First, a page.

Speaking of the computer opponents in Age of Empires III, they range from numbingly brain-dead at the "easy" setting to challenging at the "hard" and "expert" settings. In the Age of Empires tradition, the computer is incompetent in maps with a lot of naval warfare in them. However, on land-based maps, it can set up an economy very efficiently (at higher difficult settings), and it can harass you with greater numbers, both of which can more than compensate for the computer's lack of subtlety. Playing against the artificial intelligence is good for practice, but playing against real players definitely makes for a better experience. That applies to the game's campaign as well. Beginning with an adventure that takes you in search of the legendary Fountain of Youth, the fictitious campaign in Age of Empires III consists mainly of just the sort of missions you've come to expect, along with the less-than-stellar voice work and awkward cutscenes to move the story along. It would be unfair to dismiss the campaign outright, since it helps teach you the ropes and presents you with some unique situations, not to mention a high volume of different missions. But it's pretty standard for a real-time strategy game, and the swashbuckling high-adventure feel of the storyline seems better suited to Age of Mythology than to Age of Empires.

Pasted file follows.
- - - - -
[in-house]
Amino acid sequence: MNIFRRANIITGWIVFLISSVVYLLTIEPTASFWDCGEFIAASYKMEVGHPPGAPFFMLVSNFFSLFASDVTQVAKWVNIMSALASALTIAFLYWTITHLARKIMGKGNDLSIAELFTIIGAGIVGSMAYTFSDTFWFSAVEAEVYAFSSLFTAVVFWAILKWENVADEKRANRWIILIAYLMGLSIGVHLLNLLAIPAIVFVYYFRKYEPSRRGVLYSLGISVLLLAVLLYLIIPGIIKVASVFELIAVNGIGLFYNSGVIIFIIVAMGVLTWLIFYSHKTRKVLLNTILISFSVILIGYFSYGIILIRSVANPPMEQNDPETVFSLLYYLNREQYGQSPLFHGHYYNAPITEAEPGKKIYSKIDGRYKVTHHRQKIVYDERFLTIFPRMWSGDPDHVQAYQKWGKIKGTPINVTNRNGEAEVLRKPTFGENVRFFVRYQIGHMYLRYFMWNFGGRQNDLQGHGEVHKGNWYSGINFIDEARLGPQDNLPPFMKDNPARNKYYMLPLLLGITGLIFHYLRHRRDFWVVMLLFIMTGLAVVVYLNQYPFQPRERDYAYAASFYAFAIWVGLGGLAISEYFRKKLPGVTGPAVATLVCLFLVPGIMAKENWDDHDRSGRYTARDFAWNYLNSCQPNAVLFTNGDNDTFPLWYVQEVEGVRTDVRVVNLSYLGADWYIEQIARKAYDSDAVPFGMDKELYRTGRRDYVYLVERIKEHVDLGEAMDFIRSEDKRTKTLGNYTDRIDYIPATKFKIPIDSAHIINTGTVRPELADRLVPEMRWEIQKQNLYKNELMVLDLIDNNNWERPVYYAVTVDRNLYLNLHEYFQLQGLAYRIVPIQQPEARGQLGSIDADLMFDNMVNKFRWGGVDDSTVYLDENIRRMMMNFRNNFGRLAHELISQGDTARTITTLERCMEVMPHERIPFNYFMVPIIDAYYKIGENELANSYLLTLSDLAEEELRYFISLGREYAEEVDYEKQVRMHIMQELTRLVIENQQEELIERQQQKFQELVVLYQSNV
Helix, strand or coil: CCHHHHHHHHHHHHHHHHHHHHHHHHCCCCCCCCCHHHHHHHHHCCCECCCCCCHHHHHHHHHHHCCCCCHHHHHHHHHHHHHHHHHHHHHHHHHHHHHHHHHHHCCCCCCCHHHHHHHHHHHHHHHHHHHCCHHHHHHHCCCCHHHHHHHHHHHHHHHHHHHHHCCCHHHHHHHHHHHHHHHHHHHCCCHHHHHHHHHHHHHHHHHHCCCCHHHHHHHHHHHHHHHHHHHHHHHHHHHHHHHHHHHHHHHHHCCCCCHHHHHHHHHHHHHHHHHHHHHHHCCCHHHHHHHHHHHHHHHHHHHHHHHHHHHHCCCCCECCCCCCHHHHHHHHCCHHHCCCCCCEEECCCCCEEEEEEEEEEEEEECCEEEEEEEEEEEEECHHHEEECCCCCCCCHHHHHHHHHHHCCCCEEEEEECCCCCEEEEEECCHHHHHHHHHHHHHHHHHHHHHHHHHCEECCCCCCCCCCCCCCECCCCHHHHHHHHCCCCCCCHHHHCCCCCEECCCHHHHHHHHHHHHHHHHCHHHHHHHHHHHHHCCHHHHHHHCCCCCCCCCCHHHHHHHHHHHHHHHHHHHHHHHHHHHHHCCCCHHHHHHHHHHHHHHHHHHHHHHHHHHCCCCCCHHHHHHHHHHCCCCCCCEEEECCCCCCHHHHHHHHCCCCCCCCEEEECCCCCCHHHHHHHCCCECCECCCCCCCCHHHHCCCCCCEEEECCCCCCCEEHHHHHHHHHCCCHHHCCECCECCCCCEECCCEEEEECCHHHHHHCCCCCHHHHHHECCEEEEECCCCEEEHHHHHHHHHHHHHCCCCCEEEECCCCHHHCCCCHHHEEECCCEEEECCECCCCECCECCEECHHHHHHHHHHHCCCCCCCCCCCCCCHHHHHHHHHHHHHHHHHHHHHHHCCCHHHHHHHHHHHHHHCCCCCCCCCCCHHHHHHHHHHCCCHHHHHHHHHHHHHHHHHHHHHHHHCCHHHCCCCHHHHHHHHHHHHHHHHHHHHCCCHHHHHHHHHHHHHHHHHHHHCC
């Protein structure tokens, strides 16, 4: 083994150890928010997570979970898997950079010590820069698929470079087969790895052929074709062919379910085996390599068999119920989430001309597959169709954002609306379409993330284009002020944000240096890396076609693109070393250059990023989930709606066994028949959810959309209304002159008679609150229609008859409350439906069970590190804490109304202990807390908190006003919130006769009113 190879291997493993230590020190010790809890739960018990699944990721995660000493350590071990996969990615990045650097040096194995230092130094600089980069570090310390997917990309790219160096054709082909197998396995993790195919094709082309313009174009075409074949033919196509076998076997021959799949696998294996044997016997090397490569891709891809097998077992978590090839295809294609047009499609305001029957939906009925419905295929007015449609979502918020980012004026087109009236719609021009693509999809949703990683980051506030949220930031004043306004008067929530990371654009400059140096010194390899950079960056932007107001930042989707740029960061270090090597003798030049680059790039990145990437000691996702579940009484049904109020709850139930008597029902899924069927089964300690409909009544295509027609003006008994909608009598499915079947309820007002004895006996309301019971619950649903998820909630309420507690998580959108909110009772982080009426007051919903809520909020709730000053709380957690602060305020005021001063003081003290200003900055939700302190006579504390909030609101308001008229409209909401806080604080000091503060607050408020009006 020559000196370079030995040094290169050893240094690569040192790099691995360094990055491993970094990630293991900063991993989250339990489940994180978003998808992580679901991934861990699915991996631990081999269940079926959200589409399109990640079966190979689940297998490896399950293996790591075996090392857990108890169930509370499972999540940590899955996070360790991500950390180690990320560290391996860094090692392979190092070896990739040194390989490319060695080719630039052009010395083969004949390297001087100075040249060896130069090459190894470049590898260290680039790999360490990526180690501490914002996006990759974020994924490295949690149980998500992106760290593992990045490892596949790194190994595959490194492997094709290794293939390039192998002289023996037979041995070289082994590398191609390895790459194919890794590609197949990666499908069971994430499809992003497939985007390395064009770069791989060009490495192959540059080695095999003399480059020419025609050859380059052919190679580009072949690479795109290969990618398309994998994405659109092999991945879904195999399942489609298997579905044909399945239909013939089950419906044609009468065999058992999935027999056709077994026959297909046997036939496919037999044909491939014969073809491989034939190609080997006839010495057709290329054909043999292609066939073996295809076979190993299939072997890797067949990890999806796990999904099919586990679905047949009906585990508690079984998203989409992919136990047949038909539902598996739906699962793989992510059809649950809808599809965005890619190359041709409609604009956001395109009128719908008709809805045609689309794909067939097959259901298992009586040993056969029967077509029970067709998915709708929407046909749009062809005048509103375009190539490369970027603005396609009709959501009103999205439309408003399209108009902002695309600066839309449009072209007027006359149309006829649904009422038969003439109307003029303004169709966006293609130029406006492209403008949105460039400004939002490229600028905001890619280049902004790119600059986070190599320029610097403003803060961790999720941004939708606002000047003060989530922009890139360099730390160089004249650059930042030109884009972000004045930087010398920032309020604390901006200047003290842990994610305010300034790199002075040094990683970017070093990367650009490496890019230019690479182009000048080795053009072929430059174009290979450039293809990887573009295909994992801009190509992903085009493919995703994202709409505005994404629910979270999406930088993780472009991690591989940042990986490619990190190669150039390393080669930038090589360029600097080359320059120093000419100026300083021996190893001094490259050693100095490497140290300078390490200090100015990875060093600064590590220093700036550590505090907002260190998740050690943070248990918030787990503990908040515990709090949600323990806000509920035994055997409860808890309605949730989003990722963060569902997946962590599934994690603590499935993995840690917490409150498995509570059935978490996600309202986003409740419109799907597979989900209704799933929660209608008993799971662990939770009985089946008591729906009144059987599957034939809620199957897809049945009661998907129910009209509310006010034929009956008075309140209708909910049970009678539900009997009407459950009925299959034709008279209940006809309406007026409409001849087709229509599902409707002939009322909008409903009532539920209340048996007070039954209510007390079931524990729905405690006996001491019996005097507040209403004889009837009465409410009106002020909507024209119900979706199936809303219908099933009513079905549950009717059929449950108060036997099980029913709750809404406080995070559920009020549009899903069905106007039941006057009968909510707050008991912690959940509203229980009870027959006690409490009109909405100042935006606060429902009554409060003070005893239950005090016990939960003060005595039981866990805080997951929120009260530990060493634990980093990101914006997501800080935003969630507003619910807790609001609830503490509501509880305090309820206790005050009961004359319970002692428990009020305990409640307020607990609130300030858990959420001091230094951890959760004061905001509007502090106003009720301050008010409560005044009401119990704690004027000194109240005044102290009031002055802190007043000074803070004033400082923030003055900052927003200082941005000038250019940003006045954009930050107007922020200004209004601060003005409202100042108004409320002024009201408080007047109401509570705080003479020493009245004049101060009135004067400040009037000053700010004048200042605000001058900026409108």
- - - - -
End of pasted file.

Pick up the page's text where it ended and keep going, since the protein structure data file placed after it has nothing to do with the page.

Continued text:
Were it not for the awkward unit behavior and frame rate issues, Age of Empires III would look truly amazing. Maps with water on them are especially dramatic, as you can see waves gently rocking massive warships, whose cannons make them shudder from side to side. Ships, as well as buildings, break apart in chunks, with lots of fire and smoke all around, making for a spectacular sight. There are plenty of subtle animations to appreciate among the other military units in the game, and there's a good amount of variety to the environments, from the lush jungles of South America on up to the frigid Yukon. The combat has some thrilling moments, such as when a cannonball sends infantry careening every which way, but until the big guns come in to the picture, it all looks pretty tame. It's worth noting that Age of Empires III does a good job of autodetecting the best graphical settings for your system, and despite all the visual wizardry going on, it runs reasonably well--even on fairly modest systems.